Maria Mombille: Help is coming for the young kids, but the adults are not getting the funding. We're still in the same truck, but we're still the headlights opening the road. It's a political game, checks from the state bounce and it's not a pretty picture.
That picture is still not pretty. It is better for the younger children.
June Francis: It's after 21 that the trouble really starts. We need to unite.
Maria Mombille: And the younger mothers can help.
Mary Flanagan: When I did referral work there was a crisis around 8 or 9 when expectations were not met, then around adolescence when that pretty creature becomes kind of a half-and-half and at those moments you need a look at the future.
Maria Mombille: I wonder that mothers who see the movie might walk out of there with unrealistic expectations that their kids will get fixed. Those cases were never labeled or diagnosed at autistic in our area. I have concern for those moms who could have a second heartbreak -- realizing that their kids won't get fixed. They have dignity for who they are.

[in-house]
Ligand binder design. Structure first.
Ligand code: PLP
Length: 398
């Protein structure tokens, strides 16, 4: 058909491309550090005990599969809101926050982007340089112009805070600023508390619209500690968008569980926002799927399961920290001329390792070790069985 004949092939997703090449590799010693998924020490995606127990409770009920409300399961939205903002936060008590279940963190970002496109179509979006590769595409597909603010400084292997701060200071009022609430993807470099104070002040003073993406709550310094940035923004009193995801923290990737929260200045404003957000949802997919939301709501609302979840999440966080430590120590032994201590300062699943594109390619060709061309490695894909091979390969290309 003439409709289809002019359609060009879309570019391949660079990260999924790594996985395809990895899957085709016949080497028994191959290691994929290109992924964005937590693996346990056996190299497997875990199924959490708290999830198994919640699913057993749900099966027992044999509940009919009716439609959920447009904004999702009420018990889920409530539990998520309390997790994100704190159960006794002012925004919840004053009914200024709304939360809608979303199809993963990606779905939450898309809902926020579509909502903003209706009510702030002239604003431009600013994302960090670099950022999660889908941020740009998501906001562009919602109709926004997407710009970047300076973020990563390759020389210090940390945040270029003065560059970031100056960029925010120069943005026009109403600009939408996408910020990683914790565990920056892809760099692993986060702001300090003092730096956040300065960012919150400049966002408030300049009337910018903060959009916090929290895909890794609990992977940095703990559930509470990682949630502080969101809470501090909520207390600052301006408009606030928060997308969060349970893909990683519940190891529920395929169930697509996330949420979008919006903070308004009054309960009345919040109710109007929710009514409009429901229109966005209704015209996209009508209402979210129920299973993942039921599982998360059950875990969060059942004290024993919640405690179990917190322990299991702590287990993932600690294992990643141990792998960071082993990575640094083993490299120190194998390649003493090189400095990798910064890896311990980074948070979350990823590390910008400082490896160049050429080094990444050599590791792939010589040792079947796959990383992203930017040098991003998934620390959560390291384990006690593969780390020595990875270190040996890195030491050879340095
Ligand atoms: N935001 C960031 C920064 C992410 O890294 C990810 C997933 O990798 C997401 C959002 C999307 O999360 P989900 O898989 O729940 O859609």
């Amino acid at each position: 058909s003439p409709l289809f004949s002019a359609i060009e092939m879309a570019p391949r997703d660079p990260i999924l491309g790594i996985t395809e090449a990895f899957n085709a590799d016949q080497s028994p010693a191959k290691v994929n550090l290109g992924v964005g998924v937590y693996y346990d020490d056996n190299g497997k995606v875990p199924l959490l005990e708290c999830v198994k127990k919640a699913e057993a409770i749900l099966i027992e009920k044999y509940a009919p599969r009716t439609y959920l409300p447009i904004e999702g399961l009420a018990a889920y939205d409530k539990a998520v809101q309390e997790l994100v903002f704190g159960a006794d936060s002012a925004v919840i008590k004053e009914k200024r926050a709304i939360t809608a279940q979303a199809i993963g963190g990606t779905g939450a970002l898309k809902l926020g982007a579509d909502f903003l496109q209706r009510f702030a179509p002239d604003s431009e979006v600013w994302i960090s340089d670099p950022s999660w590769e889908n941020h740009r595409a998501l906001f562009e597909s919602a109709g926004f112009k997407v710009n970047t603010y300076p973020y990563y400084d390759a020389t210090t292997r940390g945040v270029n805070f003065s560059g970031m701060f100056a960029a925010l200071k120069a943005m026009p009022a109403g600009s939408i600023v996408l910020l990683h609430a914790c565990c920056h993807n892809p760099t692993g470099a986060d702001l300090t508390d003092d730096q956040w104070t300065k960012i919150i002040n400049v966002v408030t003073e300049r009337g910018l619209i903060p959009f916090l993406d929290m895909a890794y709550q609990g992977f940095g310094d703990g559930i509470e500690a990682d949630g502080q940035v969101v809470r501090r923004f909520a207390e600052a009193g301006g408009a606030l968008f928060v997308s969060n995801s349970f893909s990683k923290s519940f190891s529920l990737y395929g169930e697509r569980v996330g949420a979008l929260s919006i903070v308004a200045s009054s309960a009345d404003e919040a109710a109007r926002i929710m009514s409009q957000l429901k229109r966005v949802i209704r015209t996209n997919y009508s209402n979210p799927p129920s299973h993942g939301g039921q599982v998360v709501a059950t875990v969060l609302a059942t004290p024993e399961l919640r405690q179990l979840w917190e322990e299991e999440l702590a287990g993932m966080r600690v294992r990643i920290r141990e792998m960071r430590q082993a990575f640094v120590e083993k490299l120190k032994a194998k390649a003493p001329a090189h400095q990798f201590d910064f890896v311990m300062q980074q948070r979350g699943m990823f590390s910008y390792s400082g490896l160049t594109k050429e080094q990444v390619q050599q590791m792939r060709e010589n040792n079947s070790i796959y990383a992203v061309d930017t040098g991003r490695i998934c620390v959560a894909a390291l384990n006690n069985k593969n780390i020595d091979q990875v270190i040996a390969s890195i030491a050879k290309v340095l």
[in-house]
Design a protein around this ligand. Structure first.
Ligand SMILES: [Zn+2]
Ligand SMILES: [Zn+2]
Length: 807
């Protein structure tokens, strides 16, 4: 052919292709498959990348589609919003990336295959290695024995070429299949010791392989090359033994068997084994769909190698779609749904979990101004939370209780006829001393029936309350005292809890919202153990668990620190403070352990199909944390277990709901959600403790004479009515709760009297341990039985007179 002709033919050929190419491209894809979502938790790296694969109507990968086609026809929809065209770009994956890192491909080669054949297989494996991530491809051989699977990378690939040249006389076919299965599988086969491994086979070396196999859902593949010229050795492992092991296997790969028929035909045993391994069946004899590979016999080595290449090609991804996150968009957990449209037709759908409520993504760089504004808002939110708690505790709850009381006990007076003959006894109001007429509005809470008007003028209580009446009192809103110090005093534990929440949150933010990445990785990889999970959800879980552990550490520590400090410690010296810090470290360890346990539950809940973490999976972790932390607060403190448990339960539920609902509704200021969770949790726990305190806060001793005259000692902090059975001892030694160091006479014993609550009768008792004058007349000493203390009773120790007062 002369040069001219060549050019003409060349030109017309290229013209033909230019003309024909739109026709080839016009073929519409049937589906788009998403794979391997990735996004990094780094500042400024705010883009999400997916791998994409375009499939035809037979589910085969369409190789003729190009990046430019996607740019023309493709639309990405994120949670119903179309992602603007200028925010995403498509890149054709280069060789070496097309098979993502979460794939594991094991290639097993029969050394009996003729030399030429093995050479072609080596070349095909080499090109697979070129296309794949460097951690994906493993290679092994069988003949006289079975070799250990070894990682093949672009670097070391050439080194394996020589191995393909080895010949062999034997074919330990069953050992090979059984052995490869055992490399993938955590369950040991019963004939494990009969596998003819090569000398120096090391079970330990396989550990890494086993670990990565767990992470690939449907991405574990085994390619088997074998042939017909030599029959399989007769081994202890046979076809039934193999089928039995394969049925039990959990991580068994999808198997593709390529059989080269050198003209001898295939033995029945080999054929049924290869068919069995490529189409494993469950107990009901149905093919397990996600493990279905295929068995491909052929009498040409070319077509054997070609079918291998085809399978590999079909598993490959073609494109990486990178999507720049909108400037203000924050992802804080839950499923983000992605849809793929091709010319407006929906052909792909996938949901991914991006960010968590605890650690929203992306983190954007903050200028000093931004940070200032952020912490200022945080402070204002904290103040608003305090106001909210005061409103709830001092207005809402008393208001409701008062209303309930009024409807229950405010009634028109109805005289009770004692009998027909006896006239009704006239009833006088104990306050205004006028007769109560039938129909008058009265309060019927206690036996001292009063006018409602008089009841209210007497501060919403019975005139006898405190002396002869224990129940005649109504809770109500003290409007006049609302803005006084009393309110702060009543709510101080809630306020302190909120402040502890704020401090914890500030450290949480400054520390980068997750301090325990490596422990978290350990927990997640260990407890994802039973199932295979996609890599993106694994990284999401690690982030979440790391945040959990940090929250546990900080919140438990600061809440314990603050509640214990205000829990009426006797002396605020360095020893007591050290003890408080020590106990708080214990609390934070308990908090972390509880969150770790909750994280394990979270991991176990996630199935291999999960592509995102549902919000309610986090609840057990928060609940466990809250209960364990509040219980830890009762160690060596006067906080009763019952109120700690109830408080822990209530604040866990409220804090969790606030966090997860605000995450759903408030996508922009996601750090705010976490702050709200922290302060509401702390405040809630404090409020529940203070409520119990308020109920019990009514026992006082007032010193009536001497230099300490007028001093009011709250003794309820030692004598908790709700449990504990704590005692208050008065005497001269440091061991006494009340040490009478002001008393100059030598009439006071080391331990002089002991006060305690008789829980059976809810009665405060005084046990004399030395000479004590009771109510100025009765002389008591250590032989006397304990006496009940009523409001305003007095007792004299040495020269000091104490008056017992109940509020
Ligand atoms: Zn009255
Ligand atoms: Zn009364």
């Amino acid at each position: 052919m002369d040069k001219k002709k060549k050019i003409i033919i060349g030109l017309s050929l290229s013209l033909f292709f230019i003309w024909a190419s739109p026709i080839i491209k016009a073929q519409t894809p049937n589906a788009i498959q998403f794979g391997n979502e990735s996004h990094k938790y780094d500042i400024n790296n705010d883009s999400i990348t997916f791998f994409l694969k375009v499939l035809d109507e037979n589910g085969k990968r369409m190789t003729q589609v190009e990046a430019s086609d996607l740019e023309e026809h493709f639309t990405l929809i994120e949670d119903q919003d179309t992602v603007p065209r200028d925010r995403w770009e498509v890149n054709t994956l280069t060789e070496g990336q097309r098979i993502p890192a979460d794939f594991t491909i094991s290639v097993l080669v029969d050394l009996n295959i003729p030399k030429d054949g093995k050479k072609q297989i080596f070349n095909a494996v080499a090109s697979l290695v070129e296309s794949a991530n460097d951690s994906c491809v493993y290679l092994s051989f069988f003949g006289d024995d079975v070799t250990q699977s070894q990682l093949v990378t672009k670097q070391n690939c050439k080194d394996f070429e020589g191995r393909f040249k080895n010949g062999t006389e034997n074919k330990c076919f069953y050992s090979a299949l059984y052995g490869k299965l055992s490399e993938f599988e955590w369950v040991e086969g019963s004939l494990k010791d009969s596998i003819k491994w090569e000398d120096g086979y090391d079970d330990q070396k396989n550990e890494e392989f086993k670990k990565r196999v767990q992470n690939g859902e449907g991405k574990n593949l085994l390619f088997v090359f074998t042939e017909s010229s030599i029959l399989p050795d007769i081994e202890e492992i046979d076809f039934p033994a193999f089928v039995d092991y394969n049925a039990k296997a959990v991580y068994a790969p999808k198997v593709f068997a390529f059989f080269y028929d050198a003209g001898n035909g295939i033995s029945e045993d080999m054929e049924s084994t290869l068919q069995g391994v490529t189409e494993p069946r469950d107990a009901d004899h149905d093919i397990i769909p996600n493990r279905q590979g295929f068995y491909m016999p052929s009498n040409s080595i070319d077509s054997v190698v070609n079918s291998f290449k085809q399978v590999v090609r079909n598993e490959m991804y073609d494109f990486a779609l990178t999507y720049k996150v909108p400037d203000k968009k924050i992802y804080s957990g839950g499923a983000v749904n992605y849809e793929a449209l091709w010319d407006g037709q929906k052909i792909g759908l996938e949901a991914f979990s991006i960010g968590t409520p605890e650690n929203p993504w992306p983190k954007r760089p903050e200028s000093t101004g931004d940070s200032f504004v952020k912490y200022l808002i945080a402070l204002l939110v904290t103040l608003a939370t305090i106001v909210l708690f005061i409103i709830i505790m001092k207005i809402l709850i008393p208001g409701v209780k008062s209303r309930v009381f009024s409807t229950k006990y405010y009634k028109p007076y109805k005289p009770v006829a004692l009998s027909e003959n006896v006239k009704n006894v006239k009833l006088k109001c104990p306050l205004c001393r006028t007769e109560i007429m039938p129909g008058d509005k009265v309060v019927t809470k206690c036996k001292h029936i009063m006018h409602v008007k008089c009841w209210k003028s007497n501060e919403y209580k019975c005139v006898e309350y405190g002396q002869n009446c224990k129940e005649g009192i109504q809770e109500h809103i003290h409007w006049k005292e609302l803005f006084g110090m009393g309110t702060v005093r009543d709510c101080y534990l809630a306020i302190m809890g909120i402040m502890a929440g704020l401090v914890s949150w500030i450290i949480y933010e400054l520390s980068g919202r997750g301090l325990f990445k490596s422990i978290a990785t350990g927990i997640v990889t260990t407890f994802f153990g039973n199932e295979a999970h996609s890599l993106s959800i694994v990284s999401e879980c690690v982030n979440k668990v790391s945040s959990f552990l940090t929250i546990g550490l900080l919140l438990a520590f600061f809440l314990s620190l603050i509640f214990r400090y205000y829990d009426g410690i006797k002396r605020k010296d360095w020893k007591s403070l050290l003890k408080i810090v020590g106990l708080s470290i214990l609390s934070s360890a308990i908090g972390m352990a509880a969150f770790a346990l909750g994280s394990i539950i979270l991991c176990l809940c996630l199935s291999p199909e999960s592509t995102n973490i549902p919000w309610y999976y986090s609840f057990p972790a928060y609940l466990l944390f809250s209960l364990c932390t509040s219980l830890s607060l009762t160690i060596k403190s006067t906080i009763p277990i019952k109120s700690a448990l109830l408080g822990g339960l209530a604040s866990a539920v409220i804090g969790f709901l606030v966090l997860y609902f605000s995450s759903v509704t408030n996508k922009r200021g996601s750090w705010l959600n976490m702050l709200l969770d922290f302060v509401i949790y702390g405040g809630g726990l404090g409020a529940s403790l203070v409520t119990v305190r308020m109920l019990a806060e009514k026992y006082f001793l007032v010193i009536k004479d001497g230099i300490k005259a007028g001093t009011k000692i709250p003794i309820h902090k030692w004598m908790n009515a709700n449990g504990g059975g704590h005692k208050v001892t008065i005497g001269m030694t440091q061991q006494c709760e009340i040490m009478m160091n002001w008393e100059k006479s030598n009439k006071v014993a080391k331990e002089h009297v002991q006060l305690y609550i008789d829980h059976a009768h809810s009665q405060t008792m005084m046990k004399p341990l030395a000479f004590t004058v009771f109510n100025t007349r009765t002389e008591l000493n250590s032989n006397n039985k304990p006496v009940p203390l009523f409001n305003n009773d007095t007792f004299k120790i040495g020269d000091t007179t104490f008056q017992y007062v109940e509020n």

Mary Flanagan: You have to be realistic loving and hopeful and it isn't always easy.
June Francis: You just don't know in the beginning how far that child would go.
Maria Mombille: I thought my child would be a Temple Grandin and he won't. But I just want to caution that there are heartbreaks.
Mary Flanagan: Even at 45, Chris is still making some gains and improvements. As you see him in the film, he's better than that now -- happier and more relaxed with the medication.
June Francis: Paul is doing excellently. Just took a trip to Baltimore Harbor. He goes places and does things I wouldn't attempt with him.
Maria Mombille: Shem is doing well, too. He's got a great sense of humor. Just value their dignity.